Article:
1. What drives your decision to run for the European Parliament in the upcoming elections?
First and foremost, my loyalty towards the people who encouraged me to run for politics.
2. What sets you apart from the other candidates?
I think my former roles within the EU’s institutions. I had the opportunity to work at the European Parliament, the Council, and closely with the European External Action Service. Perhaps, I can add a little more value.
3. What would be your top goals if you were elected?
People’s interests and the national interest, including our neutrality. My focus is also the EU Budget for wealth creation, foreign direct investment for Malta, and diplomacy. On another note, quoting the EPP’s Manfred Weber, I think we, as Socialists, must resist the EPP’s idea to go for a war with Russia.
4. What, in your view, are the most pressing issues the European Union will be facing in the next five years?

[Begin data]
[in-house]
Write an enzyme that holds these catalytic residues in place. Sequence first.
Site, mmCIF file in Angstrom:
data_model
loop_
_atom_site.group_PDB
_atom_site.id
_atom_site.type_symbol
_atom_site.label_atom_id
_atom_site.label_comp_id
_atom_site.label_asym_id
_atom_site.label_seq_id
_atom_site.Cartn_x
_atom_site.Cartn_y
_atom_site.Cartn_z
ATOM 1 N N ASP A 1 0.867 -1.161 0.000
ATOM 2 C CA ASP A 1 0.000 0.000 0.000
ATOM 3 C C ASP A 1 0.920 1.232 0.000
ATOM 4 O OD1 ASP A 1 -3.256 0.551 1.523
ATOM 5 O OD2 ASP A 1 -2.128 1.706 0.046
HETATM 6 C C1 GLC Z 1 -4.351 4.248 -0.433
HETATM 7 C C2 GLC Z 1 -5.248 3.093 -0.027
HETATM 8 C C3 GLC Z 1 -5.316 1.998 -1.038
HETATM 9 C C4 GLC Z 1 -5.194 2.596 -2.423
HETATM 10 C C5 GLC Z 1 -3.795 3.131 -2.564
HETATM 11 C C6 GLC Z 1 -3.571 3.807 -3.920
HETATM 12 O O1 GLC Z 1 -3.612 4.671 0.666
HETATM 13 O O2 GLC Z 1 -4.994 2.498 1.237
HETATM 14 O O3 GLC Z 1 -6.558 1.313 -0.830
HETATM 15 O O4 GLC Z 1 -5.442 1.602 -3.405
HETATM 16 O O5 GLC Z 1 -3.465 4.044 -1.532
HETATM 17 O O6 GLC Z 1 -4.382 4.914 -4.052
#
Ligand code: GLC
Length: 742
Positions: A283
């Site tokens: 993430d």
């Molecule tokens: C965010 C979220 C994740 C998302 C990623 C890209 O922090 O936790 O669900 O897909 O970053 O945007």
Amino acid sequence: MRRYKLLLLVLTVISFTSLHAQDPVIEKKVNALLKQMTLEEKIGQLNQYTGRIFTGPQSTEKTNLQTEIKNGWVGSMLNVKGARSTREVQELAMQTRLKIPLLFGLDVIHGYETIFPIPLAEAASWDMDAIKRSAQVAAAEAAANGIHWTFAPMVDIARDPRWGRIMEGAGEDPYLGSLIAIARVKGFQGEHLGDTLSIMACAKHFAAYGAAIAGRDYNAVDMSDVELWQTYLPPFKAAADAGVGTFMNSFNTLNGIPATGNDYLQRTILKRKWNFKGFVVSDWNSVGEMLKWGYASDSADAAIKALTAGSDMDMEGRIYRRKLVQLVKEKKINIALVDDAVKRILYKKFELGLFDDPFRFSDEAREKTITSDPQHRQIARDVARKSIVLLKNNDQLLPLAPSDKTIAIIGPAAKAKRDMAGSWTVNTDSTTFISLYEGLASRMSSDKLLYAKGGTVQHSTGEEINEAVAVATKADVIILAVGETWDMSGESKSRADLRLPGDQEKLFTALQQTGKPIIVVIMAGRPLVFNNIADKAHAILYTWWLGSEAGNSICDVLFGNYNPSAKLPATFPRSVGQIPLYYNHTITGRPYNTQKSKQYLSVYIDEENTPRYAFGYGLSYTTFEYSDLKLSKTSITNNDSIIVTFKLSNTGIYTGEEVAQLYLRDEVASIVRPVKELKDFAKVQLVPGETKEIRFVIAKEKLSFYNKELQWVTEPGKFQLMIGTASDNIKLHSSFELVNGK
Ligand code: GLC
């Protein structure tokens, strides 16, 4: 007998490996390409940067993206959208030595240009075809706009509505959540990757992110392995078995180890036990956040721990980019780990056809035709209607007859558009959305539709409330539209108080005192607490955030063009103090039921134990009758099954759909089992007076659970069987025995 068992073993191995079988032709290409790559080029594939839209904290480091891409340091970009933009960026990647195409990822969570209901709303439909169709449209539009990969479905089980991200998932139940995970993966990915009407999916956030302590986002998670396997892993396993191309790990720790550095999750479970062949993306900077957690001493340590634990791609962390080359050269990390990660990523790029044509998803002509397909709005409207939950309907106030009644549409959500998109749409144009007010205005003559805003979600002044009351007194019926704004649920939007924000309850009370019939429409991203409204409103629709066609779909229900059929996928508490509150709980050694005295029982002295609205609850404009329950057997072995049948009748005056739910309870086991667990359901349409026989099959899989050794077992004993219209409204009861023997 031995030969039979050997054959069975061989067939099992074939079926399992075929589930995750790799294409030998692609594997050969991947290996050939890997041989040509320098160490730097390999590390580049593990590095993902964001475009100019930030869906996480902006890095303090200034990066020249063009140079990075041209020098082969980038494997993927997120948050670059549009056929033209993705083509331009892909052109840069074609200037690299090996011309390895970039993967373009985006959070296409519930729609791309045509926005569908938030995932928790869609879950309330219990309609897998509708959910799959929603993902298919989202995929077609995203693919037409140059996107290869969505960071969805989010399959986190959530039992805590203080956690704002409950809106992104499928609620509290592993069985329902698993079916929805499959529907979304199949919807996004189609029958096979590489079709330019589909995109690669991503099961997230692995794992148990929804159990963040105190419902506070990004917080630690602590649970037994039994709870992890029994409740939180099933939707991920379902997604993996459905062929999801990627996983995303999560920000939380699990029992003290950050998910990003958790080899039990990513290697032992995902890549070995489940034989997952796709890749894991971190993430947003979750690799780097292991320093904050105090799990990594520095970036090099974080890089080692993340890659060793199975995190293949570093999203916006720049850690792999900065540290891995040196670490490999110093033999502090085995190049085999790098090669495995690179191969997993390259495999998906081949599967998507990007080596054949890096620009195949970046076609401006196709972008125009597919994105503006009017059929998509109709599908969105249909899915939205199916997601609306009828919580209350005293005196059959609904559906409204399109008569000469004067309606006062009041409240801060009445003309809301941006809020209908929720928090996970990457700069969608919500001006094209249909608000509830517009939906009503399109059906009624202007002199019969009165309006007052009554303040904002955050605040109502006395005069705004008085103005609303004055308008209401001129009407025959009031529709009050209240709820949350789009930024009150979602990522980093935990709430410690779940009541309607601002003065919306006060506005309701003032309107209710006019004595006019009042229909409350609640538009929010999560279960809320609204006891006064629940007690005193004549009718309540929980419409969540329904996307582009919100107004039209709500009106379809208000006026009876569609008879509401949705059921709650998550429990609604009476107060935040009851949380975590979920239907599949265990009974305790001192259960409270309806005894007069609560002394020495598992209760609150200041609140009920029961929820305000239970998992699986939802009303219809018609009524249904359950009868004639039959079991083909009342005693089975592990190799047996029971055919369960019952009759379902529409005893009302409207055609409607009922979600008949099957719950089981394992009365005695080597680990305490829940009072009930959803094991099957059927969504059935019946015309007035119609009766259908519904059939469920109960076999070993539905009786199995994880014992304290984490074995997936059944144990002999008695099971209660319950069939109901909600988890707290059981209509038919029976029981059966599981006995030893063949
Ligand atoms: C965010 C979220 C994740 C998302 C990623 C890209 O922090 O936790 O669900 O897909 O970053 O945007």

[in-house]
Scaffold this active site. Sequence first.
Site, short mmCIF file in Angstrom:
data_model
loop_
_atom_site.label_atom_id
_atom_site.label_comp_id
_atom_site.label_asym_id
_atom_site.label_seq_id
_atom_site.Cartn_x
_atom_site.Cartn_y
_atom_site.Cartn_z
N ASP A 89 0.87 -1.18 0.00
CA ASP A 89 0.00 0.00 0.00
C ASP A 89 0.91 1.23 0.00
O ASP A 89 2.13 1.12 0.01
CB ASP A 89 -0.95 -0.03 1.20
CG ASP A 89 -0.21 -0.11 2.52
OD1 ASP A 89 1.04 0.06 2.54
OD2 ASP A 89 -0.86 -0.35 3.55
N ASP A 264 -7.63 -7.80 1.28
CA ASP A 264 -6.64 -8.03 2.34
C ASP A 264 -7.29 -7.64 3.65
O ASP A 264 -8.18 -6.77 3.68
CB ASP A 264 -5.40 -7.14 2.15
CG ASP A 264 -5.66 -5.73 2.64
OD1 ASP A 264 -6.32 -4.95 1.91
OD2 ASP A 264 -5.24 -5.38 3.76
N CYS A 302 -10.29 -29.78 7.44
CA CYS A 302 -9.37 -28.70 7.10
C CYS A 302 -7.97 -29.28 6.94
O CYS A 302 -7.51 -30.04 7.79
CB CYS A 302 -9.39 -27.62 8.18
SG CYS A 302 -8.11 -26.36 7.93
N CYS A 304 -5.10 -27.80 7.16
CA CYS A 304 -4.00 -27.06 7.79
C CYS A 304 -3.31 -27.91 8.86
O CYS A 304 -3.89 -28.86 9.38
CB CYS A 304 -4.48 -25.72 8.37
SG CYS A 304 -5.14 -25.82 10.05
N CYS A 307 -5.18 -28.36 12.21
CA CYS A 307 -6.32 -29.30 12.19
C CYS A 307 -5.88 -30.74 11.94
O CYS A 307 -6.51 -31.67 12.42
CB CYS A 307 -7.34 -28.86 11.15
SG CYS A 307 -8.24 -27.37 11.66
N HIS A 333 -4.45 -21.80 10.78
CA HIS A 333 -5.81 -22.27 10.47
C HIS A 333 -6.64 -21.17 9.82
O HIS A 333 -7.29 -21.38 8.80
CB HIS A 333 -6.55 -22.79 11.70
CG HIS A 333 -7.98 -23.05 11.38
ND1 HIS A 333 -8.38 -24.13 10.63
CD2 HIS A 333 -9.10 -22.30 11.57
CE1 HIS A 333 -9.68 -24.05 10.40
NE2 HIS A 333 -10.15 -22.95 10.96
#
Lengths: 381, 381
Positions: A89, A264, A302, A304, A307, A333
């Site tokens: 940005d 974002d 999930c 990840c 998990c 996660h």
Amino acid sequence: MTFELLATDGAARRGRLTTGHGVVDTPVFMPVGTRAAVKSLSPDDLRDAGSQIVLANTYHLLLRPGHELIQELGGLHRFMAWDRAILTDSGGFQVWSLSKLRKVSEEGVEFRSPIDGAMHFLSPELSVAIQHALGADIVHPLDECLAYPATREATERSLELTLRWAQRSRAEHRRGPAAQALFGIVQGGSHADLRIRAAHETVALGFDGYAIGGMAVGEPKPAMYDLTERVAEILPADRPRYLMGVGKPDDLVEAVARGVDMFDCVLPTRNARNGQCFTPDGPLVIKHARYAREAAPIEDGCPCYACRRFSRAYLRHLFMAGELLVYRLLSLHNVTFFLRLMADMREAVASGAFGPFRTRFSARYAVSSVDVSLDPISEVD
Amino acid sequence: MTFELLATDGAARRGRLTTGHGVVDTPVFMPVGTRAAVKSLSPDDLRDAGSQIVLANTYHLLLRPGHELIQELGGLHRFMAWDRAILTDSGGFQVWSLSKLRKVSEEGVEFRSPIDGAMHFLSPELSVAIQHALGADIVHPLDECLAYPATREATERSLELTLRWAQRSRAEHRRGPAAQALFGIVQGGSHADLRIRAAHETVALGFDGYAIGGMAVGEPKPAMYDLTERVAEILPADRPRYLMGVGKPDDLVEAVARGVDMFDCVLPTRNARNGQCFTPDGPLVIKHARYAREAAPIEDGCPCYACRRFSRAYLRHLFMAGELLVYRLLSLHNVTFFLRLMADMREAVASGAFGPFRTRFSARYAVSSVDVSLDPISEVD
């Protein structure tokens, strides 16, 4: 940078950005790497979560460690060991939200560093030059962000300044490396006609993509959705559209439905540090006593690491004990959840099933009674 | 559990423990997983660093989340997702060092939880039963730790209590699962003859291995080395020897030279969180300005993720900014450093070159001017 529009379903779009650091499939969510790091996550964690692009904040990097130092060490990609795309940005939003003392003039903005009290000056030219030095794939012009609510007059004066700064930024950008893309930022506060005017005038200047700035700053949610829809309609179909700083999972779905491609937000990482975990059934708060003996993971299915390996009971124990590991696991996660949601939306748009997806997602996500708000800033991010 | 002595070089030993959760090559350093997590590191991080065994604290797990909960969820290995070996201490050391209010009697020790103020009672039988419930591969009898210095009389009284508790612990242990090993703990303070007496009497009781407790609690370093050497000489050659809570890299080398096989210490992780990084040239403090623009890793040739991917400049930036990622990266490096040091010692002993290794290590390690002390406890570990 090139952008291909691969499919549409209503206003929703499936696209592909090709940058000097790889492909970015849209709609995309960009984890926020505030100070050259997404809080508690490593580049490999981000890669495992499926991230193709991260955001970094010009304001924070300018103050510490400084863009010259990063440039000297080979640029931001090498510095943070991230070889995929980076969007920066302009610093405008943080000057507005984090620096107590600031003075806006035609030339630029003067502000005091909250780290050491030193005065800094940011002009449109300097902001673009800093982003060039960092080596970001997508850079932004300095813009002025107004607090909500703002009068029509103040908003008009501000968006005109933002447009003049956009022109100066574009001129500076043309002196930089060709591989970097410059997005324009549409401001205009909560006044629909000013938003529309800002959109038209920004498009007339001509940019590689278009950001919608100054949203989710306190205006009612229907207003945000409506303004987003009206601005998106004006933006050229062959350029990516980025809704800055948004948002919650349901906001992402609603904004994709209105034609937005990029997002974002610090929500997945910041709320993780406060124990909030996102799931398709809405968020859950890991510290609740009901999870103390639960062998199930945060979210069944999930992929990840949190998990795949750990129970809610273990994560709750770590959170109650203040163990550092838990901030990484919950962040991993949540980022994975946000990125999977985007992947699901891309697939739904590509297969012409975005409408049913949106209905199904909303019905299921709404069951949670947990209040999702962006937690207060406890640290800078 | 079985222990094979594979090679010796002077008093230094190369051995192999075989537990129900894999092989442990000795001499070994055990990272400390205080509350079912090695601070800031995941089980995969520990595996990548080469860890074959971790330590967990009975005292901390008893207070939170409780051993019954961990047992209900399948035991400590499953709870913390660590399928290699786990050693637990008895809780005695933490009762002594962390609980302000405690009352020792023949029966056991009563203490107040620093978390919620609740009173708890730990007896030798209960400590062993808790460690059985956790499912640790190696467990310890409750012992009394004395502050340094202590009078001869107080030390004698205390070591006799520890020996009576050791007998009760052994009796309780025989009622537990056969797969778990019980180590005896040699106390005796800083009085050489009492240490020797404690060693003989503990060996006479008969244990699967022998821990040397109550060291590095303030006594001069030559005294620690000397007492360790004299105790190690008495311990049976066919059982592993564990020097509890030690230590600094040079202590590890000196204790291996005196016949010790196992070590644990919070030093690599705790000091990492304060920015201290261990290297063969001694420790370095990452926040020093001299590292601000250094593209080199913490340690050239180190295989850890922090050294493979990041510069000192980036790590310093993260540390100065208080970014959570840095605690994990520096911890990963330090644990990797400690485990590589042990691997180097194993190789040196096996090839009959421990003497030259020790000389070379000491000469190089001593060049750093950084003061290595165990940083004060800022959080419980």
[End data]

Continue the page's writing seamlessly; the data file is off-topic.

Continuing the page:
Security, if the Republicans are elected in the US. They have to rethink the way to handle Ukraine’s war. The green transition is also a priority which adds to the strategic autonomy of the EU. However, the EU’s top priority is the handling of the war in Ukraine and the green transition.
5a. As a general principle, do you support further integration of the European project?
It depends on whether the countries reach the conditionalities and reforms needed to join the EU.
5b. Should the EU’s Member States confer on the Union competence over more areas that are currently of exclusive national competence in a bid to improve efficiency, consistency, and harmonisation, and to further protect citizens’ rights?
No. They are never in the interest of Maltese people, but of the French and the Germans. The system is designed for a one size fits all, which does not work for certain Member States. Moreover, the EU Commission’s tentacles are everywhere, even in areas which are a prerogative of the Member States. Now even in taxation, they have found a way to skirt around the Treaty to apply pressure on Heads of state or government. The last remaining unanimity remains within the competence of foreign and security policy. Even here, the EU Commission want us to remove the unanimity principle.